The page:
PhD Candidate Profile: Ashleigh Lester

Ash Lester

What is your research about?

My research involves investigating genetic aberrations in ependymomas that can potentially be targeted with existing chemotherapeutic drugs.  Ependymomas are tumours which arise in the brain and spine and are currently treated with surgery and radiotherapy.  However, due to the tumours location, complete surgical excision is only possible in 50% of cases, and despite radiotherapy, 50% of ependymomas recur.    Clinical trials using standard chemotherapy regimes have not led to any improvement in patient survival and the treatment protocols for ependymoma have not changed for over two decades.  Using whole genome methylation profiling I will be able to subgroup and identify common aberrations in patient samples of intracranial ependymoma.  Identification of these aberrations will allow me to identify and select drugs specifically designed to target these aberrations for testing in patient derived ependymoma cell lines and mouse models.  Drugs which are effective in these models, would be candidates for testing in ependymoma patients, with the potential to become additional adjuvant treatments. 

What is translational application of your research?

Given ependymomas are relatively rare, limited research has been carried out into the mechanisms underlying their development and potential treatments.  By identifying genetic aberrations present in patient samples, the research will allow me to identify common aberrations in the different subtypes of intracranial ependymoma.  Testing of drugs designed to specifically target these aberrations in patient derived cell lines and mouse models will provide the opportunity to identify novel chemotherapeutic treatments for patients whose ependymomas present with similar aberrations.  Successful drug treatment in these models, would provide a basis for clinical trials of the drug as an additional adjuvant therapy in appropriate patients.  The identification of effective additional adjuvant therapies for ependymoma offers the potential to: increase progression free survival; reduce the number of surgical procedures required to treat tumour recurrence; and reduce the number of ependymomas which are deemed incurable.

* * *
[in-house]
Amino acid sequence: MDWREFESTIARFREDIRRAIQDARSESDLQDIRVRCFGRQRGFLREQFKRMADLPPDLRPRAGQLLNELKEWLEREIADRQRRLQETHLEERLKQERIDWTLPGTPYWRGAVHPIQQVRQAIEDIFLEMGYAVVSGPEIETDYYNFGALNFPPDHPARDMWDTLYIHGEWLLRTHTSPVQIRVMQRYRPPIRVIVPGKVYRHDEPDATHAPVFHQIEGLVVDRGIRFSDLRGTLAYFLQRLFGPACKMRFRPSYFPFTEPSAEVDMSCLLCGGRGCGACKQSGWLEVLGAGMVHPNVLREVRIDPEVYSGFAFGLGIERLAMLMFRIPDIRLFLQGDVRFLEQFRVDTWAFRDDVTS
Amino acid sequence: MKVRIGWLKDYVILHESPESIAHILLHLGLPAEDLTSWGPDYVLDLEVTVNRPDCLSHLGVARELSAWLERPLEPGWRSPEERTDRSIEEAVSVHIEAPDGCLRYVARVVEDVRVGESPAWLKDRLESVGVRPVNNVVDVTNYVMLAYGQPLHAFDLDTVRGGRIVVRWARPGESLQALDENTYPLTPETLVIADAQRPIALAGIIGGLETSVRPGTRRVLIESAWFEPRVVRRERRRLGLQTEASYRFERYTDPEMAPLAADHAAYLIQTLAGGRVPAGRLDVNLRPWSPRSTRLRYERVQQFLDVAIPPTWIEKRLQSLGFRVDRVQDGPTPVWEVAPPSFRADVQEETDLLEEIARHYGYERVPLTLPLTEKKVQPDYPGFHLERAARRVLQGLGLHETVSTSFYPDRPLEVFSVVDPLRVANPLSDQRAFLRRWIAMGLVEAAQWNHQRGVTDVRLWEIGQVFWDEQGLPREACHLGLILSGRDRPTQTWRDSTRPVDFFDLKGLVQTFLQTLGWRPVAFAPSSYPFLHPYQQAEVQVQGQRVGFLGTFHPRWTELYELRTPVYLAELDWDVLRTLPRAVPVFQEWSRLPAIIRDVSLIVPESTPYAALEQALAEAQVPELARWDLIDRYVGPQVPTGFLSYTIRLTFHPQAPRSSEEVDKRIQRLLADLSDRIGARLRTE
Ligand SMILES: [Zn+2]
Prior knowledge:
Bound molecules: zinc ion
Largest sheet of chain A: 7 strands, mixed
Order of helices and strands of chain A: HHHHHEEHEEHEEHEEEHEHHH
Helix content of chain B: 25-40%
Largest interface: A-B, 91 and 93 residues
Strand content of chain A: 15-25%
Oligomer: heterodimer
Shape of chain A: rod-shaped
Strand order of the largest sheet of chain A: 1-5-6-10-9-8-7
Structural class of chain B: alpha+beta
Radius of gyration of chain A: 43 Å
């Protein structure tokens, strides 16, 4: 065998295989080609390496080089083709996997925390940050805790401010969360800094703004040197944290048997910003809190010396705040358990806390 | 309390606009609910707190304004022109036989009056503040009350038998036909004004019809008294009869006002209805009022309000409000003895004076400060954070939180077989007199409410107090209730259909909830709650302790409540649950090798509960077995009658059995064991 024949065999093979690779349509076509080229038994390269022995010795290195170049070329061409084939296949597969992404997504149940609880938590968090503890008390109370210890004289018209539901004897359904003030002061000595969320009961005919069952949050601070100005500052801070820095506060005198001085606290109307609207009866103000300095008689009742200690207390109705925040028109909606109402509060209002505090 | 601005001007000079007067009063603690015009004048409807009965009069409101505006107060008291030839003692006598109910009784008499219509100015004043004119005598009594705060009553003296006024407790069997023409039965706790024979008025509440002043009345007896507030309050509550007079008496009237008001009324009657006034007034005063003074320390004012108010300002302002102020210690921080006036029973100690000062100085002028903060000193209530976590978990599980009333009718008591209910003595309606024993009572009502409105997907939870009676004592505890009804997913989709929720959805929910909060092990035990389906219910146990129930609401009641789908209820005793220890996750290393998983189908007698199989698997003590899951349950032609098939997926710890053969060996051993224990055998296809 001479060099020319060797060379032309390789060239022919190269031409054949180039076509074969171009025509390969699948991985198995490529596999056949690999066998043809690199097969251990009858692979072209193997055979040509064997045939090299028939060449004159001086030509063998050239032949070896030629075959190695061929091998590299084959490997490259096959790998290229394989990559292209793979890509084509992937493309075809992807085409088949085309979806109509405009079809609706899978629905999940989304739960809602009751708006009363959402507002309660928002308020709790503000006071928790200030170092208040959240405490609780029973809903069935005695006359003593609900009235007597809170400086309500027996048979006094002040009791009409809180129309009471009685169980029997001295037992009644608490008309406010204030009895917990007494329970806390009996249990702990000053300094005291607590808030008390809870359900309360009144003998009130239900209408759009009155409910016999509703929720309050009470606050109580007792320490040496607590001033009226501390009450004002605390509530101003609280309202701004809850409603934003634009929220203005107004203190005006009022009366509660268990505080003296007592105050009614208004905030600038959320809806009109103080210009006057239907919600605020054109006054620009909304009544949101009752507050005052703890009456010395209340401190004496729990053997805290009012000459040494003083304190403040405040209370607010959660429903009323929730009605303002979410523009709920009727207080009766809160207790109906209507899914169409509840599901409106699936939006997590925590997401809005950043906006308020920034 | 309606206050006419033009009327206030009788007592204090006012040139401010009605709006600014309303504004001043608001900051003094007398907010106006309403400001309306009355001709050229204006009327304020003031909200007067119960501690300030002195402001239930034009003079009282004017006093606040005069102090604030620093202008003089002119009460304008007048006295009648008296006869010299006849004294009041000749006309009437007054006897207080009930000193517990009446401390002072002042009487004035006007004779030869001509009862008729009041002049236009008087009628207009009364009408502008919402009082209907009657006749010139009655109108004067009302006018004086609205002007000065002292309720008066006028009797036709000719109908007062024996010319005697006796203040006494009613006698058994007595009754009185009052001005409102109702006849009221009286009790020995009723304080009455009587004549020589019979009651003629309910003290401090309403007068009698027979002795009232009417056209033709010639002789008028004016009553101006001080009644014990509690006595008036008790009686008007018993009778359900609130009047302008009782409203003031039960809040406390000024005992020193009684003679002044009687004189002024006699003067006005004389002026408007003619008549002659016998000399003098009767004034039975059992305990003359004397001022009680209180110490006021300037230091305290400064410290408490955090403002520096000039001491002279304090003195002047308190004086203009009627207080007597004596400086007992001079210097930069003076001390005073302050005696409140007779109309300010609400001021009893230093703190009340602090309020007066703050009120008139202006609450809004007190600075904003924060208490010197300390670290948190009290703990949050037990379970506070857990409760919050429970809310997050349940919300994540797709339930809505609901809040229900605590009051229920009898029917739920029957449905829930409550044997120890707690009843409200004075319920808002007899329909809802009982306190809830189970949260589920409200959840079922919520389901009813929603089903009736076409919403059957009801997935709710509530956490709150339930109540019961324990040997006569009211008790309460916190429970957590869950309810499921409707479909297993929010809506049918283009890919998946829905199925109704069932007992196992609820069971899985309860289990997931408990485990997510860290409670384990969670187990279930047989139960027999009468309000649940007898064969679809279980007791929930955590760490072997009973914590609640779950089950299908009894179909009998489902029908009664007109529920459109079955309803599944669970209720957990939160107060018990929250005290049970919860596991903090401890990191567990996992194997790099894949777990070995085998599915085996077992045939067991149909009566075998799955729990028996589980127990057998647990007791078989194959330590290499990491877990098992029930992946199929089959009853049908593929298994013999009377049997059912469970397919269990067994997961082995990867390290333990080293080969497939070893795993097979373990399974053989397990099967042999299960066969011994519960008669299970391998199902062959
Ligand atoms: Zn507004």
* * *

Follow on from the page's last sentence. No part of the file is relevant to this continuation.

How would the TCRN PhD top-up Scholarship help you succeed?

The TCRN top-up scholarship will greatly assist my PhD by allowing me travel to Western Australia and spend time working in the lab of my co-supervisor’s, who have extensive experience in ependymoma research.  It will also assist me to attend overseas conferences where I can meet the small group of international researchers studying ependymomas, keep up to date with the current research being undertaken and share the findings of my research.